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Fifty shades of profit

In a hilarious take-down of the "Fifty Shades of Grey" dirty novel phenomenon in the latest issue of "The Baffler," critic Heather Havrilesky approaches the wildly popular series with scholarly aplomb:

"The fantasy life of 'Fifty Shades' certainly isn't focused on the sublime erotic encounter. The sex becomes hopelessly repetitive sometime around the third or fourth of the novels' countless, monotonously naughty encounters. Each dalliance begins with the same provocative come-on: the naive college graduate Anastasia and the dashing mogul Christian describe their desire to each other with all of the charmless unpredictability of servers mouthing their prescribed scripts at an Australian-themed steakhouse."

Harriet Tubman dissed

Def Jam co-founder Russell Simmons apologized on his Global Grind website for allowing an insulting video parody starring Underground Railroad heroine Harriet Tubman to be posted on his YouTube channel.

"I'm a very liberal person with thick skin," Mr. Simmons wrote after friends at the NAACP urged him to do the right thing. "My first impression of the Harriet Tubman piece was that it was about what one of the actors said in the video, that 162 years later, there's still tremendous injustice. And with Harriet Tubman outwitting the slave master? I thought it was politically correct. Silly me. I can now understand why so many people are upset. I have taken down the video. Lastly, I would never condone violence against women in any form, and for all of those I offended, I am sincerely sorry."

What? No Tang?

At theatlantic.com, there's a report about a recent experiment under a dome at the dormant Mauna Loa volcano in Hawaii to simulate living on Mars. Six researchers spent four months living under conditions that would be experienced by future colonists. Their mission was to focus on eating and cooking.

What was on the menu? "Lots of stuff involving Spam, for one thing, including a Cajun jambalaya and a dish that married the canned meat with curry and fried noodles. A chicken-spinach-enchilada soup, for another. Seafood chowder, for another. And borscht. Freeze-dried fruit, too, they found, was surprisingly similar in taste to fresh produce. As for comfort food -- crucial when it comes to the combating-food-boredom aspect of things -- a universal hit was ... Nutella."

When the experiment was over, the researchers made a beeline toward the fruit and vegetable table. If they can get a farmer's co-op to make long-distance deliveries, future astronauts will be in luck.

Johnstown's lemonade heist

The Associated Press reported that a 12-year-old boy used a BB gun to rob a 10-year-old boy manning a lemonade stand in Johnstown. The boys "got into a wrestling match over the money," according to Sgt. Patrick Goggin. During the struggle, the older boy grabbed $30 and ran. Three buddies followed him and told the authorities where he lived. The police then found the incriminating BB gun. Now the pre-teen can tell the judge why he thinks crime pays.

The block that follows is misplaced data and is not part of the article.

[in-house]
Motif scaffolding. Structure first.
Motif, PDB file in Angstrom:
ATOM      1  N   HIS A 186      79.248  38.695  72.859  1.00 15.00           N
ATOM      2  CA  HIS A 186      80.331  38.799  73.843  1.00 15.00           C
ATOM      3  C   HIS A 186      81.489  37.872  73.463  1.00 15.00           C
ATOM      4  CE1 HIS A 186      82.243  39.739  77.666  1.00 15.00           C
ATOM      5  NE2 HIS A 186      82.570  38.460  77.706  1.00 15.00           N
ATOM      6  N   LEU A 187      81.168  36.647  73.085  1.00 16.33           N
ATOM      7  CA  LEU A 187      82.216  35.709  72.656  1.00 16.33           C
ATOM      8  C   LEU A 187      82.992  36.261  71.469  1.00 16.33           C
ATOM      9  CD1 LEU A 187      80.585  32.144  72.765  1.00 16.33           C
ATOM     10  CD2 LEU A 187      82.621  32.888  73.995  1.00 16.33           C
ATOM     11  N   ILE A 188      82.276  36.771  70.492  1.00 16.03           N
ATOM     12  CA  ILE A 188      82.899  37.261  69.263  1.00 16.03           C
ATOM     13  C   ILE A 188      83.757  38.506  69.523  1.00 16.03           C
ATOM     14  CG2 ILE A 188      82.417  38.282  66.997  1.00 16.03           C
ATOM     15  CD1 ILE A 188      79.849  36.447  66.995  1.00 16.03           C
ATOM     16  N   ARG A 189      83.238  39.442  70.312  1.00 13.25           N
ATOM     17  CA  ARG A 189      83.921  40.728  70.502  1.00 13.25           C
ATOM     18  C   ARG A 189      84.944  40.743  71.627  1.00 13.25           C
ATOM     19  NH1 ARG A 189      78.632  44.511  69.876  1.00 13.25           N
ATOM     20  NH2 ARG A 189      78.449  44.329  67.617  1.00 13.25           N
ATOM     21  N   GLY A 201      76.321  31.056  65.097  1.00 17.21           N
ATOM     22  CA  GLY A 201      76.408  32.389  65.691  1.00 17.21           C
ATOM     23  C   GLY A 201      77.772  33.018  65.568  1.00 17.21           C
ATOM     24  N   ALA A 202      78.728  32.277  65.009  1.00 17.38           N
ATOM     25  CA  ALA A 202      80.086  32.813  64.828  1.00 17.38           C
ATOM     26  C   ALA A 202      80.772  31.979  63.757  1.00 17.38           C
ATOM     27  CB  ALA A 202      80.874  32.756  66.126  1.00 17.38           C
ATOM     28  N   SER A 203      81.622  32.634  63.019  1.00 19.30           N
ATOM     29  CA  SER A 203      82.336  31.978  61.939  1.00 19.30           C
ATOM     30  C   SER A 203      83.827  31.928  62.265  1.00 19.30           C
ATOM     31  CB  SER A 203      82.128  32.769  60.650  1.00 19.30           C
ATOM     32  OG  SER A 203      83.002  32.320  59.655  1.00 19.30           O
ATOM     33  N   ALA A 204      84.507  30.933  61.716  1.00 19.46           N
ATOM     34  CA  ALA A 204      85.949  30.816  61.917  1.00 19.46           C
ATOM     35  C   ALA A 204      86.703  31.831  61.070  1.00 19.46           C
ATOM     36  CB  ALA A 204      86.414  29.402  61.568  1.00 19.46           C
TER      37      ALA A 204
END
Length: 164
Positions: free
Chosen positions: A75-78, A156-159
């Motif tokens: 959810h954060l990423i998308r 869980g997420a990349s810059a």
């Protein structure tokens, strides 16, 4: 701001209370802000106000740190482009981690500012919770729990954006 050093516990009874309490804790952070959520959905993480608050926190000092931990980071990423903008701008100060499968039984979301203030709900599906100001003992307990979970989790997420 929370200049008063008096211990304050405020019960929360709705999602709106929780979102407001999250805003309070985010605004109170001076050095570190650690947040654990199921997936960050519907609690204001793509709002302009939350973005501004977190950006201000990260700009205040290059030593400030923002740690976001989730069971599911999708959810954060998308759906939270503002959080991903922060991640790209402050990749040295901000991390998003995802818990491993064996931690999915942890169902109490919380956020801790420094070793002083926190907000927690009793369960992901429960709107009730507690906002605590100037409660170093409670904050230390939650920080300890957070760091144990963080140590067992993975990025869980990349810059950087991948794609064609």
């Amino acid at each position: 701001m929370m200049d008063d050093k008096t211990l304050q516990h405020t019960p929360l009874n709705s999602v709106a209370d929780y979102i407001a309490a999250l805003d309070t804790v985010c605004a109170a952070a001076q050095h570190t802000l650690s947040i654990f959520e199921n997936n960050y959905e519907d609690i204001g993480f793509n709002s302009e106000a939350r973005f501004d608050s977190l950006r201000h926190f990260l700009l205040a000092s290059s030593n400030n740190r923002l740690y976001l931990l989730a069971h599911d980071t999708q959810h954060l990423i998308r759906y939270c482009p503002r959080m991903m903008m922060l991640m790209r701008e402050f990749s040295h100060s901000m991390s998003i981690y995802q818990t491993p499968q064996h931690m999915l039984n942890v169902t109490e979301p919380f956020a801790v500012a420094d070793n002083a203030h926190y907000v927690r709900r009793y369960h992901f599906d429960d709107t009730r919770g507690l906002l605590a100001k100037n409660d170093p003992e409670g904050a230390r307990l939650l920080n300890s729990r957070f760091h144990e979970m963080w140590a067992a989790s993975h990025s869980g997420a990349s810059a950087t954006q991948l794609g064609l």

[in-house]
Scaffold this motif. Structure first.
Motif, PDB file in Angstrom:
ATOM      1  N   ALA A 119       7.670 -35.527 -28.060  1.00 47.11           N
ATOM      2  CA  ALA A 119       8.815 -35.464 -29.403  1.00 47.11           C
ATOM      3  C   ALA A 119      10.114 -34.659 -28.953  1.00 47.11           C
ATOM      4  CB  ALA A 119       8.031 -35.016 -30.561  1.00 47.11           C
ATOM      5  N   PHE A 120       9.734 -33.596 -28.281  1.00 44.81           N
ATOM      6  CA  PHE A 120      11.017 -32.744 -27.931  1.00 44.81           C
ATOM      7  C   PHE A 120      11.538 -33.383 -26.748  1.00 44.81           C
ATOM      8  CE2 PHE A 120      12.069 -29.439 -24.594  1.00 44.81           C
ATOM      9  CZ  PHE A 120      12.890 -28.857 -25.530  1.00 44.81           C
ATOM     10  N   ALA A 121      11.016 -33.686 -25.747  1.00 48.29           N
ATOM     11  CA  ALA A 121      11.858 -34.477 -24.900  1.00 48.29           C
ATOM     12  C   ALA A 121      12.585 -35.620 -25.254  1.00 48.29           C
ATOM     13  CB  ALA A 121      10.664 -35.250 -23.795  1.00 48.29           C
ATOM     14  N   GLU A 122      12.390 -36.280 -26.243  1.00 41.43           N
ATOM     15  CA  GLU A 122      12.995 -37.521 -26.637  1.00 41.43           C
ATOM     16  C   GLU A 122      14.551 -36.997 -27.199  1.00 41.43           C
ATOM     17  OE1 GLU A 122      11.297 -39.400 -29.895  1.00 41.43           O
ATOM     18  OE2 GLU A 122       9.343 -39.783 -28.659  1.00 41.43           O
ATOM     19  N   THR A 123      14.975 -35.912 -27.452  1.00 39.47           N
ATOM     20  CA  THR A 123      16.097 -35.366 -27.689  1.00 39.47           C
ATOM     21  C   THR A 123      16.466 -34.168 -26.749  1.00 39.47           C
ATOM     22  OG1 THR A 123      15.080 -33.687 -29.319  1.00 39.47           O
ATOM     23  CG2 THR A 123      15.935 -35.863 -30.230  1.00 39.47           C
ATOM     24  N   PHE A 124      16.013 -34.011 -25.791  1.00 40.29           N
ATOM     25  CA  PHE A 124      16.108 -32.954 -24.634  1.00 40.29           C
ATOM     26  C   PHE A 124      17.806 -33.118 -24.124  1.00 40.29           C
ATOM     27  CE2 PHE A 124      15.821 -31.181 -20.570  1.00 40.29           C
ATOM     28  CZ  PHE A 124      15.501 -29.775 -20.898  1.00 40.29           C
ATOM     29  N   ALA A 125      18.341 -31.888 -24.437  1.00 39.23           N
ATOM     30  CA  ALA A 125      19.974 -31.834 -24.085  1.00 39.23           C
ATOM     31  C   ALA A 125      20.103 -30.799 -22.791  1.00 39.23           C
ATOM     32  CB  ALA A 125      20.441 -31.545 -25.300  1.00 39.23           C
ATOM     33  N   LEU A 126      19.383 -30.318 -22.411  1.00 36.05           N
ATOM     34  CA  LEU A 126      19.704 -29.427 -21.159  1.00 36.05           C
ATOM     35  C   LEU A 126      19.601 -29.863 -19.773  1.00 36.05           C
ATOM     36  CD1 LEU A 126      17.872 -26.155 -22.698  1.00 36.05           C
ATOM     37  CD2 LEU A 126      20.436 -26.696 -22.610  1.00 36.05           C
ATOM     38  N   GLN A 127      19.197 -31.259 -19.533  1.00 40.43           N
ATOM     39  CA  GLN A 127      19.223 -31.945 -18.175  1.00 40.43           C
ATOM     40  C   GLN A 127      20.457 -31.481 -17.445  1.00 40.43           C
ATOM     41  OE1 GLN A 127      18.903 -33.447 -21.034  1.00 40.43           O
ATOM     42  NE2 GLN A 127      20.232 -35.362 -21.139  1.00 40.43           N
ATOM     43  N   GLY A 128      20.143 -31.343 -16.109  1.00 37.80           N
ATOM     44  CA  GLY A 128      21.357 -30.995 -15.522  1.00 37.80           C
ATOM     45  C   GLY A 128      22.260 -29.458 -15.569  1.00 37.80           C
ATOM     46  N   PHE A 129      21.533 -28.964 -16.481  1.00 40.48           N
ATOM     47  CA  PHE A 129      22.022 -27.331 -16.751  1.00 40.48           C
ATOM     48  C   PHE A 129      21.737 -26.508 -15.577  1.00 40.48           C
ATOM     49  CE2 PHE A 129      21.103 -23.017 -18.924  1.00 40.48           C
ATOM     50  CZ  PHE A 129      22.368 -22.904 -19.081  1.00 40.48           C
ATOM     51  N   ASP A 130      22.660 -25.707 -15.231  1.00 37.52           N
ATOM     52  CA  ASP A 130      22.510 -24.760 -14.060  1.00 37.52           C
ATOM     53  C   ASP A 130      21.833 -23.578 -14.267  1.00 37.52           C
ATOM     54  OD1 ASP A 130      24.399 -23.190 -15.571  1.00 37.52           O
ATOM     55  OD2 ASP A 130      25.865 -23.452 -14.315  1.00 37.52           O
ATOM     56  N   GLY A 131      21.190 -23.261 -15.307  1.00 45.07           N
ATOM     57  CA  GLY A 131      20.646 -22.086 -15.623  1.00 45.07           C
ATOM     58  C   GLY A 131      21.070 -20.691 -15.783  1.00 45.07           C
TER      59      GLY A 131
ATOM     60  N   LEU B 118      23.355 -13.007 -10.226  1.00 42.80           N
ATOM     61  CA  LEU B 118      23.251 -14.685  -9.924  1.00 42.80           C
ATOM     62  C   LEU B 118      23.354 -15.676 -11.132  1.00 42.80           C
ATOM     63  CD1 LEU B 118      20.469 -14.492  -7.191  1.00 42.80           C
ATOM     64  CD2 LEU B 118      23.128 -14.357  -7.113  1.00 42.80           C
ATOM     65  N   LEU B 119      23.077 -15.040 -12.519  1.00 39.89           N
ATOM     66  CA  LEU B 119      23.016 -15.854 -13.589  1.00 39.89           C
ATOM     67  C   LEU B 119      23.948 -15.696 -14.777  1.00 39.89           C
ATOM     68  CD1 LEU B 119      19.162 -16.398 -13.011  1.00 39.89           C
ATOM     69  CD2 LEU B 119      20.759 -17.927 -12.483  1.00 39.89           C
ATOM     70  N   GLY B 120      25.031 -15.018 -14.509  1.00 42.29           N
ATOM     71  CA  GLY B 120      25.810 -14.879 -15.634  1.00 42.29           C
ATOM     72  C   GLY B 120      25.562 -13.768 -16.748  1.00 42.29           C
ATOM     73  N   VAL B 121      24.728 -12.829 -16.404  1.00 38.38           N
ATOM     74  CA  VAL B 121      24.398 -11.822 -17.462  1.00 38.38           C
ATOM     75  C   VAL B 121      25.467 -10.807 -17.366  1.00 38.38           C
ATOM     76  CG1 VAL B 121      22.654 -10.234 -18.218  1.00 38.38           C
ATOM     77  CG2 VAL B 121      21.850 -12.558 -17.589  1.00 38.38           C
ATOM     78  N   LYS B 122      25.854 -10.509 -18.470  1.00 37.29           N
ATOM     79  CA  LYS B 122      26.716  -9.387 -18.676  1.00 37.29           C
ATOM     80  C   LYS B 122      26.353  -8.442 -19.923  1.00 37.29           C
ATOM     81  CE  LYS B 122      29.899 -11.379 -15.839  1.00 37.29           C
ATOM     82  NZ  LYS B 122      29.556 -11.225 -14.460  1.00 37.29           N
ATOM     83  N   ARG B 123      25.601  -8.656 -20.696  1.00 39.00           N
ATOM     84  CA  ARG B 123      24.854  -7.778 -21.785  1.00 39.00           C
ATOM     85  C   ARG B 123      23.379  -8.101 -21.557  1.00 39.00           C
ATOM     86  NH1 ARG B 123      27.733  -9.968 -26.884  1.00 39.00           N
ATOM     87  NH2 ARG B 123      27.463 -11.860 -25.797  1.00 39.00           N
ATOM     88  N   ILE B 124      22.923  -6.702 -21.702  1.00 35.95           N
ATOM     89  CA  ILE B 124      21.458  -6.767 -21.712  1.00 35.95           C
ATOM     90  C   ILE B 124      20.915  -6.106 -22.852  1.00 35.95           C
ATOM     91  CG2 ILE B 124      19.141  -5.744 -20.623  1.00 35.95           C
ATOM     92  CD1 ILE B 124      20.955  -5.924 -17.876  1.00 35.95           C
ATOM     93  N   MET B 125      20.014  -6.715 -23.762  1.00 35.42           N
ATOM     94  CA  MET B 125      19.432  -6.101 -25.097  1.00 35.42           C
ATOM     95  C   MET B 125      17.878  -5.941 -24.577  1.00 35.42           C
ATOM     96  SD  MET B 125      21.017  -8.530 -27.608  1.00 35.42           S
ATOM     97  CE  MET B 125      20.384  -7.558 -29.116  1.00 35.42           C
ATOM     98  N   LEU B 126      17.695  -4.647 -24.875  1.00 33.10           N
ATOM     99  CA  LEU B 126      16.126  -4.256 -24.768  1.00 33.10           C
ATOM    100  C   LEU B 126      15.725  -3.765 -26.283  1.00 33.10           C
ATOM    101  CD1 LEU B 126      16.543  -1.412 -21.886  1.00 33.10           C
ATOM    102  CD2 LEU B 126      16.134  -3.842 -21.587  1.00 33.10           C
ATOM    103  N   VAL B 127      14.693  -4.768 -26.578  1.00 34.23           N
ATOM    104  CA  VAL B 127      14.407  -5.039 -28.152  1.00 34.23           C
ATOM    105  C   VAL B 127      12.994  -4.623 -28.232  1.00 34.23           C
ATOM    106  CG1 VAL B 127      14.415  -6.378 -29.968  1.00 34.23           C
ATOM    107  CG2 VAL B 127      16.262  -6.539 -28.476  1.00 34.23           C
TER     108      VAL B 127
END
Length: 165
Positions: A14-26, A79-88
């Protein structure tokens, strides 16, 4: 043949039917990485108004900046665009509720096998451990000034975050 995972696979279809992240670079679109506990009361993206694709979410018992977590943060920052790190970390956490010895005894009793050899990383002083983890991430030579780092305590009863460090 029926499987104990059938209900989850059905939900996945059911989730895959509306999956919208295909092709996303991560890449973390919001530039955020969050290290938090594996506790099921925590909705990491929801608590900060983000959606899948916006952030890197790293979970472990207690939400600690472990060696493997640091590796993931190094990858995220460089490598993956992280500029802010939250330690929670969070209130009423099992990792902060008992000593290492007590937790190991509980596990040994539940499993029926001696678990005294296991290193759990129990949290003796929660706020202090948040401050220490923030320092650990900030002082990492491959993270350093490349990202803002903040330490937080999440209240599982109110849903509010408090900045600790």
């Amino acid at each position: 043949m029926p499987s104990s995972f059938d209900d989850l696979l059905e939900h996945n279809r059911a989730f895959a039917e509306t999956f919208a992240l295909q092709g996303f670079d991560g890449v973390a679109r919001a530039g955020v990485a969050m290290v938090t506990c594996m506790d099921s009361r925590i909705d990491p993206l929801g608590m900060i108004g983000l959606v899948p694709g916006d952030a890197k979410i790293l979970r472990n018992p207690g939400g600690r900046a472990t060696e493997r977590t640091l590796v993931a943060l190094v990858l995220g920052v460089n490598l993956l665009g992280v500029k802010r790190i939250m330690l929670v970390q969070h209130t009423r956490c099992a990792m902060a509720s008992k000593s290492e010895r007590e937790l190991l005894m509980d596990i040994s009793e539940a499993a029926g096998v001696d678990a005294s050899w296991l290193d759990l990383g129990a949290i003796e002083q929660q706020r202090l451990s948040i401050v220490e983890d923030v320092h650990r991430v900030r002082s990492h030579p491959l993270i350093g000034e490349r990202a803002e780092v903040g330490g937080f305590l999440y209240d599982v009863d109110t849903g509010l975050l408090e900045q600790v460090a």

Barack Obama, photo bomber

Remember that iconic photo of President Obama with his staff in the White House situation room the night Osama bin Laden's compound was raided? Conservative talk radio host Bryan Fischer said on his show Focal Point that it never happened. He insists Mr. Obama didn't want to be in the room if the raid failed. When it succeeded, he said Mr. Obama had himself digitally inserted into the image. "Look at the size of his head compared to the size of the head of everyone else standing in the room. Even people standing in the back of the room; their heads are bigger than his head," he said. Maybe someone should look at the size of Bryan Fischer's head.

Win-win-lose-lose

Detroit, which filed for municipal bankruptcy protection last month, will be shifting the city's expenses, debts and health care liabilities onto everybody else, writes Shikha Dalmia, analyst at the Reason Foundation.

The city's "health care costs [will become] Uncle Sam's problem ... the city will hand [young retirees] an unspecified 'monthly stipend' to help defray coverage costs -- and still save some $27 million to $40 million annually." Those same retirees, will be eligible for federal subsidies in the new insurance exchanges, set for Jan. 1:

"Detroit officials regard this as a 'win-win'-- for Detroit and its retirees. True. But what they don't say is that it'll be 'lose-lose' for the country and federal taxpayers."

opinion_commentary

Compiled by Tony Norman (tnorman@post-gazette.com).


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